In Canada v. United States, 125 AFTR2d 2020-960 (5th Cir. 2020) the taxpayer brought a Bivens suit seeking damages against the revenue agents because the agents caused the IRS to assess against him a tax shelter penalty under IRC 6707 in an amount so high payment of the penalty was a practical impossibility. If this story sounds similar, remember the case of Larson v. United States, 2018 U.S. App. LEXIS 10418 (2nd Cir. 2018) discussed here and here. Larson is not the only other case to reveal this problem. Other cases with this same problem include Diversified Group Inc. v. United States, 841 F.3d 975 (Fed. Cir. 2016), which tried unsuccessfully to argue that the penalty was divisible, and the three circuit cases litigated by Lavar Taylor seeking unsuccessfully to get a foot in the door using the merit litigation provisions of Collection Due Process discussed here. The ability of the IRS to assess a non-divisible penalty under IRC 6707 in a staggering amount puts taxpayers back in the boat they were in prior to the creation of the Tax Court. It also reminds us that 100 years ago Senators pushed for the creation of the Tax Court in order to prevent individuals from seeking bankruptcy as a refuge from taxes they could not contest judicially without full payment.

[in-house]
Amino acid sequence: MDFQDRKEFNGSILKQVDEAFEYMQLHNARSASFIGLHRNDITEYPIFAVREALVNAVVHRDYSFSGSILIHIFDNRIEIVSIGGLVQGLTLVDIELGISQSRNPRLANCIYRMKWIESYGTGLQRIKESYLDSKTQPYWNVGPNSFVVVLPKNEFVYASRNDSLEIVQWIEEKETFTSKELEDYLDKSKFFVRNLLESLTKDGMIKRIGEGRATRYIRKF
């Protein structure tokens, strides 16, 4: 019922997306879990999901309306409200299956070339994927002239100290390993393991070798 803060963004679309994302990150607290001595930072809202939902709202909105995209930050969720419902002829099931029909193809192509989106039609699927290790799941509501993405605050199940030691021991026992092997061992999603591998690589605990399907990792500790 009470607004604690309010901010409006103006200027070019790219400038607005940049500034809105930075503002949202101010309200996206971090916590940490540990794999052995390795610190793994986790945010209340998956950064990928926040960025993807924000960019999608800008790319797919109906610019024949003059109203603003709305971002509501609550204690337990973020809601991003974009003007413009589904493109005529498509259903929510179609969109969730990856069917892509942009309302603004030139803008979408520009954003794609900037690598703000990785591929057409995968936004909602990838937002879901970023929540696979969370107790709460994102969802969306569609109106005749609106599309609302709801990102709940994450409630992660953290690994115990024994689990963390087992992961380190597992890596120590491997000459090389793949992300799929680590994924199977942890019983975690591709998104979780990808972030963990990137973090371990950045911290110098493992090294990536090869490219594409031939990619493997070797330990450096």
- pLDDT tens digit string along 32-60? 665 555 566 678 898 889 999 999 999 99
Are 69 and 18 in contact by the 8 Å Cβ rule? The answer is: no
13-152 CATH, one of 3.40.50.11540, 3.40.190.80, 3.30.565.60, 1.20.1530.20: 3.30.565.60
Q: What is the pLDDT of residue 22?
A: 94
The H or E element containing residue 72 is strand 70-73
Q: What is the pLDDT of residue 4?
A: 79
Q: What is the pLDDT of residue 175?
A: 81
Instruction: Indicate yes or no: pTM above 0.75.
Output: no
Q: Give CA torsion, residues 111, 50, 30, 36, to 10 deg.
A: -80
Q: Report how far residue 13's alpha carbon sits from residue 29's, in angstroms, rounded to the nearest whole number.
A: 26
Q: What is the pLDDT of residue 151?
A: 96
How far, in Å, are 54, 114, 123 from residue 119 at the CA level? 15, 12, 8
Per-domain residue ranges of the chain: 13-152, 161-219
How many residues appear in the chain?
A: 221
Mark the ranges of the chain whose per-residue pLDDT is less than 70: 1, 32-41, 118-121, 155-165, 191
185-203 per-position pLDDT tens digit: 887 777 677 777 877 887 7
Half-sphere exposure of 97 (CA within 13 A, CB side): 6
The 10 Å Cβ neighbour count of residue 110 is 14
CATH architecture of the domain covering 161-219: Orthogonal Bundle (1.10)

In Canada, bankruptcy is exactly where he went so that he could litigate the merits of his tax liability under B.C. 505(a) since he did not have enough money to meet the Flora rule. The taxpayer won the merits of his case in bankruptcy beating back the incredibly high penalty amount assessed by the IRS. United States v. Canada (In re Canada), 574 B.R. 620, 623 [119 AFTR 2d 2017-1752] (N.D. Tex. 2017). After succeeding in essentially eliminating the liability through the bankruptcy proceeding, he turned and argued that the agents who caused the assessment of this penalty knew that he had no prepayment forum where he could litigate the liability and knew they were wrongfully forcing him into bankruptcy. He brought this Bivens suit seeking to recover damages and attorney’s fees from the individuals he blamed for being forced into bankruptcy. The Fifth Circuit, affirming the lower courts’ dismissal of the case, carefully analyzed the factors necessary for a Bivens action, before pointing out that precedent in recent decades disfavors expansion of the original decision and two cases decided shortly thereafter. The court also points out that if successful, his suit would provide an end run around the Flora rule of full payment.
Because I think the Flora rule should not apply to non-deficiency cases, I am not too saddened by an end run around Flora. I also applaud the ingenuity of the argument here; however, the Supreme Court has made it clear in the decades following Bivens that it does not want to expand the grounds for obtaining recovery from government agents. The result here comes as no particular surprise. I found heartening the success of Mr. Canada in removing the penalty at the bankruptcy level.